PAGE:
Washington Post columnist Richard Cohen claims:
The health-care bill has almost no near-term benefit for anyone who votes. Its immediate beneficiaries are the uninsured, consisting of the poor and vulnerable, and the young and delusionally invincible. As a voting bloc, they largely don't.
And remember, Cohen is what passes for a liberal at Fred Hiatt's Washington Post, home of the nation's worst opinion pages.
When Weekly Standard blogger Michael Goldfarb was mocked last December for making a far-fetched claim about the White House threatening to close an Air Force base in order to secure Ben Nelson's support for health care reform, Goldfarb quickly began walking back his claim, then abruptly stopped talking about it altogether.
So when I saw Weekly Standard writer John McCormack's baseless suggestion that the White House nominated Rep. Jim Matheson's brother for a judgeship in order to win Matheson's support for health care reform, it looked like history was repeating itself.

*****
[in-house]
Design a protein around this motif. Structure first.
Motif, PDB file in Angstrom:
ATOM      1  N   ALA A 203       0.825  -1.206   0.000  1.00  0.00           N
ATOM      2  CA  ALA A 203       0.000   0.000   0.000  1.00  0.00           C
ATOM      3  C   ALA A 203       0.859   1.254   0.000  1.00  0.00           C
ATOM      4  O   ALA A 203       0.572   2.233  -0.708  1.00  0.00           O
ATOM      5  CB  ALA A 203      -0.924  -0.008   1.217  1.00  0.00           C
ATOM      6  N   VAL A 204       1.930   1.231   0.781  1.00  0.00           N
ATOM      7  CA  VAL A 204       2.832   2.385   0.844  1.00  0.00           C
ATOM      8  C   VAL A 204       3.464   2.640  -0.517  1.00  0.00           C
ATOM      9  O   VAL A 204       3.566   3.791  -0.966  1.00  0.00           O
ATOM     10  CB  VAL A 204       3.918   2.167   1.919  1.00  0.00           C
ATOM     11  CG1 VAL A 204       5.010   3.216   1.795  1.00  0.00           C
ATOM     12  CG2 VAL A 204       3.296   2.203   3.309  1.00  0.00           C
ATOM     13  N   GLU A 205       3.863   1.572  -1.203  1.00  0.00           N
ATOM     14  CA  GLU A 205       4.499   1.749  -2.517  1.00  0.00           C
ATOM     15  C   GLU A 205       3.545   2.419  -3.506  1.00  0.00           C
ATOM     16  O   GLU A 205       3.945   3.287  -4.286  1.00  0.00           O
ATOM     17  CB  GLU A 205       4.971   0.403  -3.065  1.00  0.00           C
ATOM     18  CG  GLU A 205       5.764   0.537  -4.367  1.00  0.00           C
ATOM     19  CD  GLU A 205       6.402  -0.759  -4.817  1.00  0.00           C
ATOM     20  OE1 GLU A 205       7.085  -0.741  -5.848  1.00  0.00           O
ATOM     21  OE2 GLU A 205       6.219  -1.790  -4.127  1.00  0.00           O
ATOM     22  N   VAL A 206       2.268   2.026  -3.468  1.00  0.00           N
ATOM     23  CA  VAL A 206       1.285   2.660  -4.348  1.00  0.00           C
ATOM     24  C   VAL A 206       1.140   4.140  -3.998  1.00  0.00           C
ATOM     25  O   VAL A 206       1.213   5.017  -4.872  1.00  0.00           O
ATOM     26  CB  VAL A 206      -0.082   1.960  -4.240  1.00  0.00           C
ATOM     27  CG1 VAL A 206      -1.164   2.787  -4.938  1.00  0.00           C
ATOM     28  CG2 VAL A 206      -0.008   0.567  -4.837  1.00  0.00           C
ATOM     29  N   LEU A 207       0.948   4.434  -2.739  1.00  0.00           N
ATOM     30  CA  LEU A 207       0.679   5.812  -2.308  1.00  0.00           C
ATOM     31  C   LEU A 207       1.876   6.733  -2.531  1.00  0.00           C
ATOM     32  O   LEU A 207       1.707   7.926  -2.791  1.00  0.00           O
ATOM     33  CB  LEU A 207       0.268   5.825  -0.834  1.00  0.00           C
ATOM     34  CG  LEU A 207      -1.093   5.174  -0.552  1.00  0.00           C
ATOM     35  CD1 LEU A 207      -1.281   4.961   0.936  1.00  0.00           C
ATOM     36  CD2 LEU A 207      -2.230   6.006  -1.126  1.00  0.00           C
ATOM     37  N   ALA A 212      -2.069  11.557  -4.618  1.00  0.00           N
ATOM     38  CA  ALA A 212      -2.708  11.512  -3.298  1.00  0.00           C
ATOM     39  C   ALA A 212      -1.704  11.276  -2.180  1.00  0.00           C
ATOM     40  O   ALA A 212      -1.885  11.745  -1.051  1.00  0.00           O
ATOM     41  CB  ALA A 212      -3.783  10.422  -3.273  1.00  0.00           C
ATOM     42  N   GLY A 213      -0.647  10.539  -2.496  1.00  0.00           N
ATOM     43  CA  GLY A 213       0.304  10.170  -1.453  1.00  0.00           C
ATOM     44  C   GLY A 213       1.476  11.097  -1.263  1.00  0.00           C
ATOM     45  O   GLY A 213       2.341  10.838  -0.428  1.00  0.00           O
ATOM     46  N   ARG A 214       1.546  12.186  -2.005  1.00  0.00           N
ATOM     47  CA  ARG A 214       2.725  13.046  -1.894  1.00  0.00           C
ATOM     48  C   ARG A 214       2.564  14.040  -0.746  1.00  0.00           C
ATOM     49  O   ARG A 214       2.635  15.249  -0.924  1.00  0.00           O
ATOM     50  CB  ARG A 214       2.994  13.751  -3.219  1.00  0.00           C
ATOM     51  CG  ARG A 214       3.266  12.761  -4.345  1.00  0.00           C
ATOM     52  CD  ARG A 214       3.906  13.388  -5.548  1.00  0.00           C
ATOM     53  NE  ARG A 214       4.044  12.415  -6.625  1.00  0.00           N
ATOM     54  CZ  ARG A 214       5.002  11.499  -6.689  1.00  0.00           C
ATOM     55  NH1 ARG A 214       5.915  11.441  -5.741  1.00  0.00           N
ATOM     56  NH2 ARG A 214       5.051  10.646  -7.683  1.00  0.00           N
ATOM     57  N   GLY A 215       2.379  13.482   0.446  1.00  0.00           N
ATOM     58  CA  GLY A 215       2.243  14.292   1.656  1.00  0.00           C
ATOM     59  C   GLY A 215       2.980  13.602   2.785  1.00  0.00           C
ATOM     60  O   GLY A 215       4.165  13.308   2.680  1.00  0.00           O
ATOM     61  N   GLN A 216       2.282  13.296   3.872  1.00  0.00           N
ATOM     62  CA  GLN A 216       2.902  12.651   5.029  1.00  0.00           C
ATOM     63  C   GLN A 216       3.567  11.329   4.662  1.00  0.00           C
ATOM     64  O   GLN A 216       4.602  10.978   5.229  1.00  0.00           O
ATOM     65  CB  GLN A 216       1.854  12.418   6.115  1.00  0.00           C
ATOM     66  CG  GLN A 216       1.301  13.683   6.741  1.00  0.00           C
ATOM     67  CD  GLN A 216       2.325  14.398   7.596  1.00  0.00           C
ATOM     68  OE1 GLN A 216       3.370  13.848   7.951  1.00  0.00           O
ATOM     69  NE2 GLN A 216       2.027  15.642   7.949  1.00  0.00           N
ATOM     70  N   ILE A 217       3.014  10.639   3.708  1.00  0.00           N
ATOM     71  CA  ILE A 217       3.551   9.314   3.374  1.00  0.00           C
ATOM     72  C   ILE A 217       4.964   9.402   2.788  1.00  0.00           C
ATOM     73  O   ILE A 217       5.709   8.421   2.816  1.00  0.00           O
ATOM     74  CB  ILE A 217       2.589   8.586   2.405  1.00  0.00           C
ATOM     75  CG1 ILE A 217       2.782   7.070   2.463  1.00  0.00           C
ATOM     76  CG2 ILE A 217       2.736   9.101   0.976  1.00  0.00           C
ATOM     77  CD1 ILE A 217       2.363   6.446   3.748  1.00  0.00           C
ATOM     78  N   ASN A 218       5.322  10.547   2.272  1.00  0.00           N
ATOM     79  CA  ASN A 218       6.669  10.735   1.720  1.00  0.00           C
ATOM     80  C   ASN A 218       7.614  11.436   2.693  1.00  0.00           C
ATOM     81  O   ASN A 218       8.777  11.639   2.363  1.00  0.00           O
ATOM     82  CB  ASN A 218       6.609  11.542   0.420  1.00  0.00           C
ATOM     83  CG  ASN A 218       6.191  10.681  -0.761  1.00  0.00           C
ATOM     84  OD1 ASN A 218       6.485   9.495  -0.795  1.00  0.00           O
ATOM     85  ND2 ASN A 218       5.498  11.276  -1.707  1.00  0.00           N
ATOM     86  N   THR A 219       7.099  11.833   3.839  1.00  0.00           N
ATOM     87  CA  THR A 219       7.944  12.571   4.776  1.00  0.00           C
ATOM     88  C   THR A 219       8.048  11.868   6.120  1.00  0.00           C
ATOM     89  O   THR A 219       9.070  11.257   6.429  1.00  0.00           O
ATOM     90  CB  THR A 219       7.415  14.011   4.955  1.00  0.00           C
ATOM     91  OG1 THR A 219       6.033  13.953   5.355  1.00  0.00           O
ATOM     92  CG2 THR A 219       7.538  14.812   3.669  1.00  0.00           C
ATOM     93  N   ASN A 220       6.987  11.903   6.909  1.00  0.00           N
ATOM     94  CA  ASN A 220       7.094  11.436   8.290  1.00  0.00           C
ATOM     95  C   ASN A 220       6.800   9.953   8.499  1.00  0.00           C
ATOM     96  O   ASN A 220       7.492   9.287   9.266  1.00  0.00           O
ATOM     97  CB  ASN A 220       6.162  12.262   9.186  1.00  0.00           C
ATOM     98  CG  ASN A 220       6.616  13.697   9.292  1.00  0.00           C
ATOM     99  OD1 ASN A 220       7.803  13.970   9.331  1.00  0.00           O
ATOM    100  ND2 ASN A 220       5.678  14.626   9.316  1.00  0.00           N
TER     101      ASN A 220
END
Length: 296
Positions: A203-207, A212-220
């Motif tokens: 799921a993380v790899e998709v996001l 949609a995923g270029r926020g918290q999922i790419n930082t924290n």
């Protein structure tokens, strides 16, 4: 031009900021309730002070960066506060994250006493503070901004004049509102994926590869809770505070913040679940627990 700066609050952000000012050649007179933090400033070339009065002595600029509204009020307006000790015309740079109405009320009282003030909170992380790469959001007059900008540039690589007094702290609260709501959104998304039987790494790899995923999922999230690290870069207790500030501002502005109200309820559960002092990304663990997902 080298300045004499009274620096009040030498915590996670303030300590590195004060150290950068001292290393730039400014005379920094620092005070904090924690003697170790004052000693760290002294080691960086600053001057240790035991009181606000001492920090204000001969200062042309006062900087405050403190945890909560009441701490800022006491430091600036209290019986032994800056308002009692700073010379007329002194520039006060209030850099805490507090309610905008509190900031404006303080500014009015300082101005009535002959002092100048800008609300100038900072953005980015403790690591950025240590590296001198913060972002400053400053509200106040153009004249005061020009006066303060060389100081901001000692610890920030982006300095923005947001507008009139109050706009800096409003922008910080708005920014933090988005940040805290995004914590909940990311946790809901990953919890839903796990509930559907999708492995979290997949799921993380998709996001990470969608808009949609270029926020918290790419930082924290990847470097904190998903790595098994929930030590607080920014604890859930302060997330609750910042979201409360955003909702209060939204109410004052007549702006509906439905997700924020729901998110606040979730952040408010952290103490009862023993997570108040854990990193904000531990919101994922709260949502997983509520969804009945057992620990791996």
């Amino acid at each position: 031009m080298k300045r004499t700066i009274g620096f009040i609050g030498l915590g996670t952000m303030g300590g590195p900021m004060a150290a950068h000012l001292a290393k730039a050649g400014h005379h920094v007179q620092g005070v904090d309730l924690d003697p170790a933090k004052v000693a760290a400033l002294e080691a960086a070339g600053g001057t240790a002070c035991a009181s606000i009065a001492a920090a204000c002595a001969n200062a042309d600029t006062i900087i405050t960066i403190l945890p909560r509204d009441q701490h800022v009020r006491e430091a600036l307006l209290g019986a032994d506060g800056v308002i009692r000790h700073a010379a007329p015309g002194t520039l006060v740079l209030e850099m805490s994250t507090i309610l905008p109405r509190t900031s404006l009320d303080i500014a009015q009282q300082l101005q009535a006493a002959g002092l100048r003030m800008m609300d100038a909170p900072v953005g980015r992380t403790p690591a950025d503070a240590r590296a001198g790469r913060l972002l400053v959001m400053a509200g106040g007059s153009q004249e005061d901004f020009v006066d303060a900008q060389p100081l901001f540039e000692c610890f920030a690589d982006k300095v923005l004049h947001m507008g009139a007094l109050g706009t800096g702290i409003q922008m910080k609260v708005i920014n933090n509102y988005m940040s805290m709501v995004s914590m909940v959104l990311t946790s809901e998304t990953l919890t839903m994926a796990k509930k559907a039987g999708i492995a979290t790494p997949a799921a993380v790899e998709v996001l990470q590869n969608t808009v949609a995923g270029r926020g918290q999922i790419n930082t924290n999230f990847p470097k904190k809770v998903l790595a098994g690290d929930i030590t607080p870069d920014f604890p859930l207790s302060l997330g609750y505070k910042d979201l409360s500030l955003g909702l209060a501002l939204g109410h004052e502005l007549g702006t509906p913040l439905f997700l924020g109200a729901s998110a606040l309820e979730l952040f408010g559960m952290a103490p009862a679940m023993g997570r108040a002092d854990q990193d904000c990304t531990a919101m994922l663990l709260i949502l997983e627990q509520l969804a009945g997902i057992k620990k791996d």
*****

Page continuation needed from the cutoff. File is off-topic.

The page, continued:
And sure enough, McCormack promptly began walking back his claim, telling Fox News viewers the next day there "probably" wasn't an "explicit" quid pro quo. The day after that, McCormack wrote that the "most likely" scenario was that "White House officials simply hoped that if they scratched Matheson's back with the nomination, he would scratch theirs with a vote for the health care bill." Then McCormack went silent on the matter.
So, here's how this played out:
March 3: McCormack writes "Obama Now Selling Judgeships for Health Care Votes?" and "Scott Matheson appears to have the credentials to be a judge, but was his nomination used to buy off his brother's vote?"